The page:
School Board again decides to take no stance Amendment 66

The idea of District 51 School Board members taking a stance on Amendment 66 was shot down for a second time in one month at Tuesday night’s school board meeting — the last board meeting before the Nov. 5 election.

School board member Jeff Leany first proposed at the board’s Oct. 1 meeting the idea of a board resolution opposing the ballot measure, which asks voters to allow the state to increase income tax rates in order to raise $950.1 billion in the first year (and similar amounts in following years) for public education. The board did not take a vote at that meeting after board member John Williams said he felt the board should not tackle a political issue and board vice president Leslie Kiesler said Amendment 66 would bring new funding to the district.

“It’s not even near what we need but it’s a start,” she said.

Tuesday night, board member Ann Tisue revisited the issue, asking for a motion for the board to oppose Amendment 66, which Leany seconded. Tisue then presented a resolution she had written herself and asked other board members to consider passing it.

“It’s a $1 billion tax increase. There’s already $1 billion in reserves in the fund in the state and it doesn’t really address the reforms that are needed so why slap our voters with another tax when we’re already struggling?” Tisue asked.

Tisue said other school boards have taken a position on Amendment 66 and all six actively campaigning school board candidates have announced publicly that they oppose Amendment 66, which she said “takes the politics out of it.” Williams disagreed, saying board candidates taking positions is different from a board taking a position.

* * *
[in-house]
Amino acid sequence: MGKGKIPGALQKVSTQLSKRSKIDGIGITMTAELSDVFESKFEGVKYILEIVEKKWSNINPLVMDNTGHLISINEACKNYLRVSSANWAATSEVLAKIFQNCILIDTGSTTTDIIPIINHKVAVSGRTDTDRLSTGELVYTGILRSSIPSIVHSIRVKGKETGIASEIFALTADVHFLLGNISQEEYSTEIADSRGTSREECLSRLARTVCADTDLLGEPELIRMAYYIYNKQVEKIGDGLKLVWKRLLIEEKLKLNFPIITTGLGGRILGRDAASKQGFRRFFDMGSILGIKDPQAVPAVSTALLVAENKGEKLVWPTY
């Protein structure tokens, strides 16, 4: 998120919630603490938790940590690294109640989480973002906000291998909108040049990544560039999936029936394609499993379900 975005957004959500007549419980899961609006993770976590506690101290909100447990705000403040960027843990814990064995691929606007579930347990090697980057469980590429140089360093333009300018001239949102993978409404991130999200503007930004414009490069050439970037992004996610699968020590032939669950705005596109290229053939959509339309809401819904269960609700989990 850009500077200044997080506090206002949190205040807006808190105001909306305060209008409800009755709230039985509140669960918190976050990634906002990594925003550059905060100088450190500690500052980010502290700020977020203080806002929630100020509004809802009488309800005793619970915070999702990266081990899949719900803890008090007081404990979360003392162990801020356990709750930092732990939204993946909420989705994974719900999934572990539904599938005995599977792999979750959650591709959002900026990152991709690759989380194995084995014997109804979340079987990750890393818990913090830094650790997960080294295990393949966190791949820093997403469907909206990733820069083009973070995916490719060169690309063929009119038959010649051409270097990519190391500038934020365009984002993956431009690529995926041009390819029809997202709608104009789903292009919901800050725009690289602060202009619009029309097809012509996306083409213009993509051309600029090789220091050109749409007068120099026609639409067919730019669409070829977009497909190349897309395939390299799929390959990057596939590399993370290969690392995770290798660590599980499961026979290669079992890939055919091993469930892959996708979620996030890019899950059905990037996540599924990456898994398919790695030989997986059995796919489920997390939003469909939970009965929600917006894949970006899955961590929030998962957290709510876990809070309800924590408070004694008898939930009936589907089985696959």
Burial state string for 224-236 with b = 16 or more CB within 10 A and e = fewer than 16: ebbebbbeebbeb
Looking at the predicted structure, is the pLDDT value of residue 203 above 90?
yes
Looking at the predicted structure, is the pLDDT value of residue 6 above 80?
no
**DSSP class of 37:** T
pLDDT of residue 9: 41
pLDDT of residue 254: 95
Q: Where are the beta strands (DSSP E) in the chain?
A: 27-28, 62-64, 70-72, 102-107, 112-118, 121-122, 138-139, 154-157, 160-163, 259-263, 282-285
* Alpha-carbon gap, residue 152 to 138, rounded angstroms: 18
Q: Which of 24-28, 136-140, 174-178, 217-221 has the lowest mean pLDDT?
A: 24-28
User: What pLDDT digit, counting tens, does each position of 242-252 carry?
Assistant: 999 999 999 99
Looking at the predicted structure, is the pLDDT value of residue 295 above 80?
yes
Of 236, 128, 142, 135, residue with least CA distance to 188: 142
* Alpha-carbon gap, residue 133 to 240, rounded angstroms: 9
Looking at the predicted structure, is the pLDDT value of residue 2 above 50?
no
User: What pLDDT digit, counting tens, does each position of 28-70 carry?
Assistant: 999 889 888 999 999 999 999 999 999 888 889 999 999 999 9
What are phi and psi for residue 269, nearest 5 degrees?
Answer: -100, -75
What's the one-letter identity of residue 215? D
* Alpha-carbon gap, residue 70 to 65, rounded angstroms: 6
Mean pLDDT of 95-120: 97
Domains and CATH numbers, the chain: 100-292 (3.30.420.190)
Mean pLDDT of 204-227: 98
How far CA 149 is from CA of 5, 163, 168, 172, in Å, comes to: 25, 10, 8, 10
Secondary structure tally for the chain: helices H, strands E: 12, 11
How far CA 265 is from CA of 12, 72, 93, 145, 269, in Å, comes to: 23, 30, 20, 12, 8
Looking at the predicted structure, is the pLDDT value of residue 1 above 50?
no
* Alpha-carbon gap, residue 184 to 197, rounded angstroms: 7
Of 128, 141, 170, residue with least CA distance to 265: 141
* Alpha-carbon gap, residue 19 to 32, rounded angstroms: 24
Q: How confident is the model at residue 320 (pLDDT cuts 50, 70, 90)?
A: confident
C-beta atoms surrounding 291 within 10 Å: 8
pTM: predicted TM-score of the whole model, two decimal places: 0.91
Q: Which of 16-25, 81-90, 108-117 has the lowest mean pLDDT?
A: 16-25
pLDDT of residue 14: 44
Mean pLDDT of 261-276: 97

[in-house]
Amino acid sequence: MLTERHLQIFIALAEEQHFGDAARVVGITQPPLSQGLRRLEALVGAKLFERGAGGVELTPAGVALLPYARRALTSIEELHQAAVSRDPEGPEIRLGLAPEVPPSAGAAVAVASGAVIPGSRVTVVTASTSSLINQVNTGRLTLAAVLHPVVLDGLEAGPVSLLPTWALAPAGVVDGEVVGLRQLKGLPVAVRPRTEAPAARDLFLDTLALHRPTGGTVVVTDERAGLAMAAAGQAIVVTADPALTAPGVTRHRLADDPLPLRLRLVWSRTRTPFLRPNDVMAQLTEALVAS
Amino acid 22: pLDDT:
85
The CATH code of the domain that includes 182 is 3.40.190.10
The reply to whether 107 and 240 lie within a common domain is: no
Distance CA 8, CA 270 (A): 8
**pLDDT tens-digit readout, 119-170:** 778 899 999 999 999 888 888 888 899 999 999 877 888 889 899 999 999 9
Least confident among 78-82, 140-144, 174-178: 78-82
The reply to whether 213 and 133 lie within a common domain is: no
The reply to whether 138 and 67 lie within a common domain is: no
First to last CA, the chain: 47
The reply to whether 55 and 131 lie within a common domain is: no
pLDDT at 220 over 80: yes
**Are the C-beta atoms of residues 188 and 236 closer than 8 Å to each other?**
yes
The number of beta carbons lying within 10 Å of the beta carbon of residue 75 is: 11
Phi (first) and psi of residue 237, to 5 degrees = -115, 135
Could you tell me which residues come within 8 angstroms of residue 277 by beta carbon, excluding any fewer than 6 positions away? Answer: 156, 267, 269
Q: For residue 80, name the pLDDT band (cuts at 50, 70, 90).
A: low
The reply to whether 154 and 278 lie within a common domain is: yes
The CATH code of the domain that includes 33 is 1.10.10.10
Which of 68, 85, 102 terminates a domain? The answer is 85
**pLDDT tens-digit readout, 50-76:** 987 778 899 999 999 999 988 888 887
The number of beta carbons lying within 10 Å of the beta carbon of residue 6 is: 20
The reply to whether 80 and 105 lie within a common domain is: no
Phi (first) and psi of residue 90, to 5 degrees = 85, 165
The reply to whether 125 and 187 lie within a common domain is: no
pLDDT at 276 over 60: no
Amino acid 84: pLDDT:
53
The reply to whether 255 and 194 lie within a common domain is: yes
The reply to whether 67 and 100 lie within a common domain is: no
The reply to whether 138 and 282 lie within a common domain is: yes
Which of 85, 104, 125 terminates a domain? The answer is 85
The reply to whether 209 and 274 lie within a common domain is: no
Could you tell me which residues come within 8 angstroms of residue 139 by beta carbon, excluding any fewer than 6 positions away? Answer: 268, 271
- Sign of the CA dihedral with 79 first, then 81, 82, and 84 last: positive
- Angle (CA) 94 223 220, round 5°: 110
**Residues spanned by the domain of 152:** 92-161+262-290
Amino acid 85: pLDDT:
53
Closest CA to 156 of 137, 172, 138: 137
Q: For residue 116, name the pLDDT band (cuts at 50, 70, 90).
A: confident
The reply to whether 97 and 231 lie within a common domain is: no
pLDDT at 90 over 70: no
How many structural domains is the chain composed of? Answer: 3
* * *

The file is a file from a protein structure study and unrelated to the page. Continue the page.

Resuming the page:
“You are making it political for this board by bringing up candidates that are running for office,” he told Tisue. “You also talk about the board slapping the voters with additional taxes. It really is the voters who are going to vote this thing up or vote this thing down.”

Board President Greg Mikolai asked Tisue if something had changed since two years ago when she did not take a public position on a mill levy override that would have provided additional funding in District 51.

“This is a different situation,” Tisue said. “I feel it’s a bad bill and I would like to see the board take a position against it.”

Leany said Amendment 66 and its companion, Senate Bill 213, were already politicized due to party-line votes in the legislature and backing from teachers unions.

The resolution failed 2-3, with Leany and Tisue voting for it and Mikolai, Kiesler and Williams opposed.


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